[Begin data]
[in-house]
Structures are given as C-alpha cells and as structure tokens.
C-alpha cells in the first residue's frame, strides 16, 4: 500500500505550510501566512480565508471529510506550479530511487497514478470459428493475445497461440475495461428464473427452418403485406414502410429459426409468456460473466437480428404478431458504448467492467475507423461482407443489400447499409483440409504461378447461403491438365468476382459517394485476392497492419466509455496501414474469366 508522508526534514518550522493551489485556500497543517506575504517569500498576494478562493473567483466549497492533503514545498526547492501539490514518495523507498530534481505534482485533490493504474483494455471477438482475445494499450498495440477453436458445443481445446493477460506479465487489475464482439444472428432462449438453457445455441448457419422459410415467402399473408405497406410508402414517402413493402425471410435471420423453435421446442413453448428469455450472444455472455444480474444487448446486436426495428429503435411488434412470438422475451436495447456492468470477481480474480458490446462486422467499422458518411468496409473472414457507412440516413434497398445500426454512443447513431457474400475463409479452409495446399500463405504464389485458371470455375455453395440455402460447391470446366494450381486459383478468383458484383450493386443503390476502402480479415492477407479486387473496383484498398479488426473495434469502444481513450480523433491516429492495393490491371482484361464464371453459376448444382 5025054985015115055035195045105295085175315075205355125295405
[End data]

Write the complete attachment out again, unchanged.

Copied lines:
[in-house]
Structures are given as C-alpha cells and as structure tokens.
C-alpha cells in the first residue's frame, strides 16, 4: 500500500505550510501566512480565508471529510506550479530511487497514478470459428493475445497461440475495461428464473427452418403485406414502410429459426409468456460473466437480428404478431458504448467492467475507423461482407443489400447499409483440409504461378447461403491438365468476382459517394485476392497492419466509455496501414474469366 508522508526534514518550522493551489485556500497543517506575504517569500498576494478562493473567483466549497492533503514545498526547492501539490514518495523507498530534481505534482485533490493504474483494455471477438482475445494499450498495440477453436458445443481445446493477460506479465487489475464482439444472428432462449438453457445455441448457419422459410415467402399473408405497406410508402414517402413493402425471410435471420423453435421446442413453448428469455450472444455472455444480474444487448446486436426495428429503435411488434412470438422475451436495447456492468470477481480474480458490446462486422467499422458518411468496409473472414457507412440516413434497398445500426454512443447513431457474400475463409479452409495446399500463405504464389485458371470455375455453395440455402460447391470446366494450381486459383478468383458484383450493386443503390476502402480479415492477407479486387473496383484498398479488426473495434469502444481513450480523433491516429492495393490491371482484361464464371453459376448444382 5025054985015115055035195045105295085175315075205355125295405